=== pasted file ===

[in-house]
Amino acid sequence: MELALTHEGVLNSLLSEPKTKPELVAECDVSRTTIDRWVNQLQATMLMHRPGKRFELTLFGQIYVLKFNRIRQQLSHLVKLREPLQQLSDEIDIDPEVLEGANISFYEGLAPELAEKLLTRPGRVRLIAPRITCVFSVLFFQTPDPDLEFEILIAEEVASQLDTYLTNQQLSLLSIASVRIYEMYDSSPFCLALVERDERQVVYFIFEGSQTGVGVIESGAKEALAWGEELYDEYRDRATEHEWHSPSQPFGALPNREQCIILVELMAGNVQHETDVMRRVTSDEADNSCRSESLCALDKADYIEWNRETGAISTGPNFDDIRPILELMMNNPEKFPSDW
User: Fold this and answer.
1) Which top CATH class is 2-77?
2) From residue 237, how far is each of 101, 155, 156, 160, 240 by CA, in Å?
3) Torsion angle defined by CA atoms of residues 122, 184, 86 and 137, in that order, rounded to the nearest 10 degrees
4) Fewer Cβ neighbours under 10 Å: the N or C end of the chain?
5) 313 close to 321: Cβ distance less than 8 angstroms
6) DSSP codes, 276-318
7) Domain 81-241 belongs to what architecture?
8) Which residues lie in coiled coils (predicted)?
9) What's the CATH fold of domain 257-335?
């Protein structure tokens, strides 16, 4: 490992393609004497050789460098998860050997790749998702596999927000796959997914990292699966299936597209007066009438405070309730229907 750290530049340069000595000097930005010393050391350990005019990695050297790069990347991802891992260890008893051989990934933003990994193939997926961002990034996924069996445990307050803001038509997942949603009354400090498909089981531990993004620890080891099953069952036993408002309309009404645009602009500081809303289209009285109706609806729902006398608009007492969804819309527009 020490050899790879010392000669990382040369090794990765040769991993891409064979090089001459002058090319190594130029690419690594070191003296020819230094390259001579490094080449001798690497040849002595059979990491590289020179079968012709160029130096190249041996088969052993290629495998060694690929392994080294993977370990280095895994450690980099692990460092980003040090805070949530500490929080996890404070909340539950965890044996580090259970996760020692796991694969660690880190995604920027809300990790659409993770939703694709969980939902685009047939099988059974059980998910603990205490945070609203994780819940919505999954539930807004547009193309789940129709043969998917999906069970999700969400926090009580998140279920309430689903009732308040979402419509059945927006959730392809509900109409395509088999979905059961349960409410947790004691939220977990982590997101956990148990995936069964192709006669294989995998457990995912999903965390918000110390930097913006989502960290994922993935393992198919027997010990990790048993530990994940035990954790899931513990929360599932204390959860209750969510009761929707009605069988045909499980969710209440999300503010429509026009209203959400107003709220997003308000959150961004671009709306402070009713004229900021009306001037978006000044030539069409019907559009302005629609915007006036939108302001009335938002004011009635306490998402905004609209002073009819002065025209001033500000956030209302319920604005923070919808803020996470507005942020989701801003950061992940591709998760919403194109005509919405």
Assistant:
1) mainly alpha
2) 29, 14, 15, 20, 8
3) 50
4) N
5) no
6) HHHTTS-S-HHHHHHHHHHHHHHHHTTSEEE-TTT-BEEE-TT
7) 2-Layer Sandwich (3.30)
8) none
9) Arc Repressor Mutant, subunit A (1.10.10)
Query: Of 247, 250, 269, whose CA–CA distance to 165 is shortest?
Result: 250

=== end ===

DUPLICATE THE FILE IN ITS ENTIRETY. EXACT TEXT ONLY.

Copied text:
[in-house]
Amino acid sequence: MELALTHEGVLNSLLSEPKTKPELVAECDVSRTTIDRWVNQLQATMLMHRPGKRFELTLFGQIYVLKFNRIRQQLSHLVKLREPLQQLSDEIDIDPEVLEGANISFYEGLAPELAEKLLTRPGRVRLIAPRITCVFSVLFFQTPDPDLEFEILIAEEVASQLDTYLTNQQLSLLSIASVRIYEMYDSSPFCLALVERDERQVVYFIFEGSQTGVGVIESGAKEALAWGEELYDEYRDRATEHEWHSPSQPFGALPNREQCIILVELMAGNVQHETDVMRRVTSDEADNSCRSESLCALDKADYIEWNRETGAISTGPNFDDIRPILELMMNNPEKFPSDW
User: Fold this and answer.
1) Which top CATH class is 2-77?
2) From residue 237, how far is each of 101, 155, 156, 160, 240 by CA, in Å?
3) Torsion angle defined by CA atoms of residues 122, 184, 86 and 137, in that order, rounded to the nearest 10 degrees
4) Fewer Cβ neighbours under 10 Å: the N or C end of the chain?
5) 313 close to 321: Cβ distance less than 8 angstroms
6) DSSP codes, 276-318
7) Domain 81-241 belongs to what architecture?
8) Which residues lie in coiled coils (predicted)?
9) What's the CATH fold of domain 257-335?
């Protein structure tokens, strides 16, 4: 490992393609004497050789460098998860050997790749998702596999927000796959997914990292699966299936597209007066009438405070309730229907 750290530049340069000595000097930005010393050391350990005019990695050297790069990347991802891992260890008893051989990934933003990994193939997926961002990034996924069996445990307050803001038509997942949603009354400090498909089981531990993004620890080891099953069952036993408002309309009404645009602009500081809303289209009285109706609806729902006398608009007492969804819309527009 020490050899790879010392000669990382040369090794990765040769991993891409064979090089001459002058090319190594130029690419690594070191003296020819230094390259001579490094080449001798690497040849002595059979990491590289020179079968012709160029130096190249041996088969052993290629495998060694690929392994080294993977370990280095895994450690980099692990460092980003040090805070949530500490929080996890404070909340539950965890044996580090259970996760020692796991694969660690880190995604920027809300990790659409993770939703694709969980939902685009047939099988059974059980998910603990205490945070609203994780819940919505999954539930807004547009193309789940129709043969998917999906069970999700969400926090009580998140279920309430689903009732308040979402419509059945927006959730392809509900109409395509088999979905059961349960409410947790004691939220977990982590997101956990148990995936069964192709006669294989995998457990995912999903965390918000110390930097913006989502960290994922993935393992198919027997010990990790048993530990994940035990954790899931513990929360599932204390959860209750969510009761929707009605069988045909499980969710209440999300503010429509026009209203959400107003709220997003308000959150961004671009709306402070009713004229900021009306001037978006000044030539069409019907559009302005629609915007006036939108302001009335938002004011009635306490998402905004609209002073009819002065025209001033500000956030209302319920604005923070919808803020996470507005942020989701801003950061992940591709998760919403194109005509919405």
Assistant:
1) mainly alpha
2) 29, 14, 15, 20, 8
3) 50
4) N
5) no
6) HHHTTS-S-HHHHHHHHHHHHHHHHTTSEEE-TTT-BEEE-TT
7) 2-Layer Sandwich (3.30)
8) none
9) Arc Repressor Mutant, subunit A (1.10.10)
Query: Of 247, 250, 269, whose CA–CA distance to 165 is shortest?
Result: 250